platonic friendships

is it possible for men and women to have strictly platonic friendships? or is it as harry told sally that men and women can’t be friends because the sex part always gets in the way?

entertainment certainly suggests such friendships cannot exist –see cheers or friends or any romcom to confirm the notion that all men and women eventually sleep together. people suggest you can have friendships with people of the opposite sex, but they’re merely social and not confidants. eventually one (or both) will develop romantic feelings and the friendship is ruined.

quite frankly, i think it’s a load of archaic bull.

i’m a little late to the coed party–i went to a women’s college and spent most of my early life riding horses, which is quite the estrogen-heavy activity. in college, we had a brother school we partied with frequently. friendship was always just a pretext for the inevitable boning (or attempt). many of us had male friends, but none were close friendships.

enter law school. i have a great, albeit small, group of close friends here who are the exception to the law-students-suck rule. one of my closest friends is a boy i call tomtom. between undergrad and law school he was a professional sailor–he’s snarky, old school preppy, and we have a very similar sense of humor. we sit right by each other in the library (we’ve dubbed it the office) and frequently go out in newport. he’s introduced me to a lot of his sailor friends (many are gorgeous, many are fun, while many others are, well, questionable). he’s not just a social friend–he knows a lot of my secrets and about my relationships, we confide in each other as i do with the handful of others i consider close friends.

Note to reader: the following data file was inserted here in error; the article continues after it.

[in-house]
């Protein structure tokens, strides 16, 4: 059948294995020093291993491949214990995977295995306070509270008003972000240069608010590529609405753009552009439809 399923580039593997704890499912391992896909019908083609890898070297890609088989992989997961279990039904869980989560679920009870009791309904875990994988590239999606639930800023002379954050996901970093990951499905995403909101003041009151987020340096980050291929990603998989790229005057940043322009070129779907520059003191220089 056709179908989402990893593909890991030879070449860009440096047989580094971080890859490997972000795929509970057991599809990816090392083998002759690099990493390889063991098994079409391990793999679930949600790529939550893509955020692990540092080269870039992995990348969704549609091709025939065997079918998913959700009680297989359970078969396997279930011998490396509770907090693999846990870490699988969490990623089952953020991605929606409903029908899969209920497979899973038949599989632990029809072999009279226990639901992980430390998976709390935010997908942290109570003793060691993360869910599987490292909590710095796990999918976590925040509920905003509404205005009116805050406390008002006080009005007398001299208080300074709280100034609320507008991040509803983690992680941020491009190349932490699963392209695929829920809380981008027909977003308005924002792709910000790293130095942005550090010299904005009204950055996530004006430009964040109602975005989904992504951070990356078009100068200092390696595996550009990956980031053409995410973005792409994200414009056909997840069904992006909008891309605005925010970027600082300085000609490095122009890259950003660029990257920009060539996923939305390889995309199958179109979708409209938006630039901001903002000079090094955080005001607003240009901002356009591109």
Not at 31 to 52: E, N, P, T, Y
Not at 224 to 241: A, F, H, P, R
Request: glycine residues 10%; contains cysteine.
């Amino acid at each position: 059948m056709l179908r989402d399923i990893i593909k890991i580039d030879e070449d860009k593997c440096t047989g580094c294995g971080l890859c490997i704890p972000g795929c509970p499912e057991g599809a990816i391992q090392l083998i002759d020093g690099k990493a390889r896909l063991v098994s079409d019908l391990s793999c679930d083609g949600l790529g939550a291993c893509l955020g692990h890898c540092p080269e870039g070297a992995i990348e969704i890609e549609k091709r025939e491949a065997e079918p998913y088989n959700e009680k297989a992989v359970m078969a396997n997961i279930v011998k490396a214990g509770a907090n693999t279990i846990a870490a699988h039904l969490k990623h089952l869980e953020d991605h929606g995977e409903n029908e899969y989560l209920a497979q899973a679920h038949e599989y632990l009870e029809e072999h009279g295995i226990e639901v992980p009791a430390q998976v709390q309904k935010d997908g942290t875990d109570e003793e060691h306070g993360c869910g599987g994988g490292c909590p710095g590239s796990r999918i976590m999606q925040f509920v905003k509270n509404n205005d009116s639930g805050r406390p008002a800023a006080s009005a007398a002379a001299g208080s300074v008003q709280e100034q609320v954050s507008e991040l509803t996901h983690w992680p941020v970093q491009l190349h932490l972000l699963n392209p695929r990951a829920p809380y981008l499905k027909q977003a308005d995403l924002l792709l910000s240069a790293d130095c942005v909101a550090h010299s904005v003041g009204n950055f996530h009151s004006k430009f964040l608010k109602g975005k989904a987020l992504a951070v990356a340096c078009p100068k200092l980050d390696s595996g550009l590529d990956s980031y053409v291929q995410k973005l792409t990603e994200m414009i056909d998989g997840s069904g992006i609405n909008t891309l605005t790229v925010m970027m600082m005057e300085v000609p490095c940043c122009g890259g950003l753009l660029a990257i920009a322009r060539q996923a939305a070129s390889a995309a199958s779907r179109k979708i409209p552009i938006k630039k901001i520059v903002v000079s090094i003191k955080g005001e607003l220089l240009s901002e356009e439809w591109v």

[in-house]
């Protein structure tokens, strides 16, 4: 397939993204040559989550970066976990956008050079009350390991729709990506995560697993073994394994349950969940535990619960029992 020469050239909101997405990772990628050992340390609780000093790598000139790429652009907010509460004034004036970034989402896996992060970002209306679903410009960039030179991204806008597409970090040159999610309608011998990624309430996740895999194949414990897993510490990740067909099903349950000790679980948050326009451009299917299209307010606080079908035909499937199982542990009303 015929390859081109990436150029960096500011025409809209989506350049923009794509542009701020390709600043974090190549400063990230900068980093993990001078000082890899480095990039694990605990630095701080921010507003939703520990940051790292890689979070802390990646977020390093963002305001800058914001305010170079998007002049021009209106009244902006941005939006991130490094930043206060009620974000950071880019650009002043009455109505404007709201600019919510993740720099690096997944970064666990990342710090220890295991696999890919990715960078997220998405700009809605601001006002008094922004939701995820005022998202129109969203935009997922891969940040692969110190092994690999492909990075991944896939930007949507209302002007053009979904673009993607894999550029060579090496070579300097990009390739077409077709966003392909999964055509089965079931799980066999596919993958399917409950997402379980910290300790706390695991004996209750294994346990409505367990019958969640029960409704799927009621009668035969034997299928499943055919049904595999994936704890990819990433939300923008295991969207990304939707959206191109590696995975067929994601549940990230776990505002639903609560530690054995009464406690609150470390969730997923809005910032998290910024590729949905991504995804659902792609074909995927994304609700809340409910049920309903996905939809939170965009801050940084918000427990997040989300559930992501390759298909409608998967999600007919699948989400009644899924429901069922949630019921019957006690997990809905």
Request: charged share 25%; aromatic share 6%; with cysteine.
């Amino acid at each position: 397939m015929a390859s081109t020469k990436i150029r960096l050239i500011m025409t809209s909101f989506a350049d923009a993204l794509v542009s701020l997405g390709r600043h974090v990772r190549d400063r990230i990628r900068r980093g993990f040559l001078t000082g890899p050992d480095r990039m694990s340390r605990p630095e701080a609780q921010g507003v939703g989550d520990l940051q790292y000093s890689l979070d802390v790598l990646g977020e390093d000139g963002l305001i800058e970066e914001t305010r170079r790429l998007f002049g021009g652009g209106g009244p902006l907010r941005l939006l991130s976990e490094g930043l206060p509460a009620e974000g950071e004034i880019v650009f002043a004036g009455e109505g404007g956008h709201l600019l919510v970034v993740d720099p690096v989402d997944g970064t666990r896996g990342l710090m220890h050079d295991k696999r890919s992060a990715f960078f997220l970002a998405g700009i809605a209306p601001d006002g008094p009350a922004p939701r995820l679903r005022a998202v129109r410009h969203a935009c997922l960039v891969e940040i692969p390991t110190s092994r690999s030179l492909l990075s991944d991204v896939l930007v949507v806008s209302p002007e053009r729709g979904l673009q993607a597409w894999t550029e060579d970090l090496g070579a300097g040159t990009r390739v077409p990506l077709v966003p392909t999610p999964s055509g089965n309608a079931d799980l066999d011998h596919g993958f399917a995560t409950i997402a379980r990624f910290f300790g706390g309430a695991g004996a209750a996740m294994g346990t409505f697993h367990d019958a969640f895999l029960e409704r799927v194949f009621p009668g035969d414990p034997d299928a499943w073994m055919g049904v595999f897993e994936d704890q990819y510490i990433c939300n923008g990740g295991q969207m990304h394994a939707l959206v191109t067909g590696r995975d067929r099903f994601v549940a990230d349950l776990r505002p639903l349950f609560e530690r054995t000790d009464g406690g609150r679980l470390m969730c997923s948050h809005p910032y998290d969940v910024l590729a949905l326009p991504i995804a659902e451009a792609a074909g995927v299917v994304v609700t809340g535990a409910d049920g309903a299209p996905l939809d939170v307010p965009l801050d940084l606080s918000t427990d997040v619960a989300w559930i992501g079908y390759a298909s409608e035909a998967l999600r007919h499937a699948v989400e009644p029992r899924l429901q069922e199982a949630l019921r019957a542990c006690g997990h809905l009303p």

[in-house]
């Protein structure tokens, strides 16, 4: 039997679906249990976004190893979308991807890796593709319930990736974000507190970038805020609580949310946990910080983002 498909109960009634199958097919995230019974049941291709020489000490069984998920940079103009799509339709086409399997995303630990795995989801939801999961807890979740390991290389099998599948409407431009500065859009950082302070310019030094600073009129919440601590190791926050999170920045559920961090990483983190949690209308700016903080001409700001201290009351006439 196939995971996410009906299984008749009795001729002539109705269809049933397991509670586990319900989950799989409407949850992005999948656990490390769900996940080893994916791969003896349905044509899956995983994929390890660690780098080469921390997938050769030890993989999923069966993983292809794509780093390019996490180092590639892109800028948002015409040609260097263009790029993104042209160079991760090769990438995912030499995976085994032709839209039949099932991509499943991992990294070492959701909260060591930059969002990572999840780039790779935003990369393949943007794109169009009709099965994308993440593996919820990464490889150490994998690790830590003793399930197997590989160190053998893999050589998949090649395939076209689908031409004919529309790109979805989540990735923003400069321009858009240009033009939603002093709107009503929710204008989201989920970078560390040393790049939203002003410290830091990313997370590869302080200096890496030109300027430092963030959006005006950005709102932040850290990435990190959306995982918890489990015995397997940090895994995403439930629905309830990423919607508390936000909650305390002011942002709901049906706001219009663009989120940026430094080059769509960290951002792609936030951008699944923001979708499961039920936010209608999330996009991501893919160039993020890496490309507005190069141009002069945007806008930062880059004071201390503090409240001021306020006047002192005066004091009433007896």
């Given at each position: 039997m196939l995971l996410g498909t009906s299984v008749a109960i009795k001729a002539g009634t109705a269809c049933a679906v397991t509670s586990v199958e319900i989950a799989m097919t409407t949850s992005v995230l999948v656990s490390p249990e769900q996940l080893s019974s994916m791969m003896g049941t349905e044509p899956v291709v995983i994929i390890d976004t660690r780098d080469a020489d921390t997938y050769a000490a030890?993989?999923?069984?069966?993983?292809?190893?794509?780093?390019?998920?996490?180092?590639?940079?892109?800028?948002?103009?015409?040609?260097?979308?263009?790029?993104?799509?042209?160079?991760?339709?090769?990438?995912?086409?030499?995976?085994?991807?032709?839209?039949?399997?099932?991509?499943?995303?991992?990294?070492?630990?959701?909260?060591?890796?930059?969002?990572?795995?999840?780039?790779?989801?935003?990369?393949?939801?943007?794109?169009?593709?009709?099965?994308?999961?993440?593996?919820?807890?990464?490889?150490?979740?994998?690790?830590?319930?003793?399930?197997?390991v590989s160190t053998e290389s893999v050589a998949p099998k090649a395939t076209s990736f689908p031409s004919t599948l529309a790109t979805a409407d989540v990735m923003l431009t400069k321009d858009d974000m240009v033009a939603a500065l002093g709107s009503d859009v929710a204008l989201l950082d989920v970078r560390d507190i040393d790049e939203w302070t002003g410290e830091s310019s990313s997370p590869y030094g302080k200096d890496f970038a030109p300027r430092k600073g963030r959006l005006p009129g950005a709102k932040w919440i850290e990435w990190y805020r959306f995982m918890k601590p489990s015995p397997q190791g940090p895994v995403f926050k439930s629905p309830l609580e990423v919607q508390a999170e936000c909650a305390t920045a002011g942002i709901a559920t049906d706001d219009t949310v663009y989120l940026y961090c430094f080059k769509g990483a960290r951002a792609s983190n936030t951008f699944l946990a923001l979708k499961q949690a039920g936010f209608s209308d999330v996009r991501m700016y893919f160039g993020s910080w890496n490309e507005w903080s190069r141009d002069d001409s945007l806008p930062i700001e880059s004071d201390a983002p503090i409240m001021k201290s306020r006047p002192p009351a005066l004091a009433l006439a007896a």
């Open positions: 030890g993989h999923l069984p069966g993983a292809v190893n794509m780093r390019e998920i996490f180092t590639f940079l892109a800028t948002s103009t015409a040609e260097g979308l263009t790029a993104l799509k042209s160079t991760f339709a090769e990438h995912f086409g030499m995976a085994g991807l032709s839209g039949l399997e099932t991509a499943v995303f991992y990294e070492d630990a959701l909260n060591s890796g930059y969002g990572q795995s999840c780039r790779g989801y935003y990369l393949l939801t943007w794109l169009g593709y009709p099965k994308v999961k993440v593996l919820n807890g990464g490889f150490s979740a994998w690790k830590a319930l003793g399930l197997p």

because we spend so much time together at school, people assume we’re together. i don’t really care about the gossip, but it makes it super awkward when people actually ask, particularly since he got married last year. it’s become routine for people who don’t know us very well to ask “are you and tomtom together?” “uh, no. we’re just friends.” “really? huh.” WHY IS THIS SO SURPRISING? his wife, C, is absolutely lovely and we’re good friends. if she felt uncomfortable about the friendship between tomtom and i, i’d back off immediately.

but here’s the thing: there is no reason for any discomfort. we’re not boning, we’re not going to bone, we’re just friends. why can’t people accept that men and women can be just friends? why does it make it impossible for us to be just friends because he has man parts and i have lady parts? it seems to be a remnant of some past time where the only real interactions between men and women were based on romantic relationships–trying to find or strengthen one. interactions, by design, fostered romance when women were mothers and men worked. but this isn’t necessarily the story today. men and women are equal(ish)–we work together, interact more, and have more opportunity to share interests. why can’t we just be friends without a romantic subtext?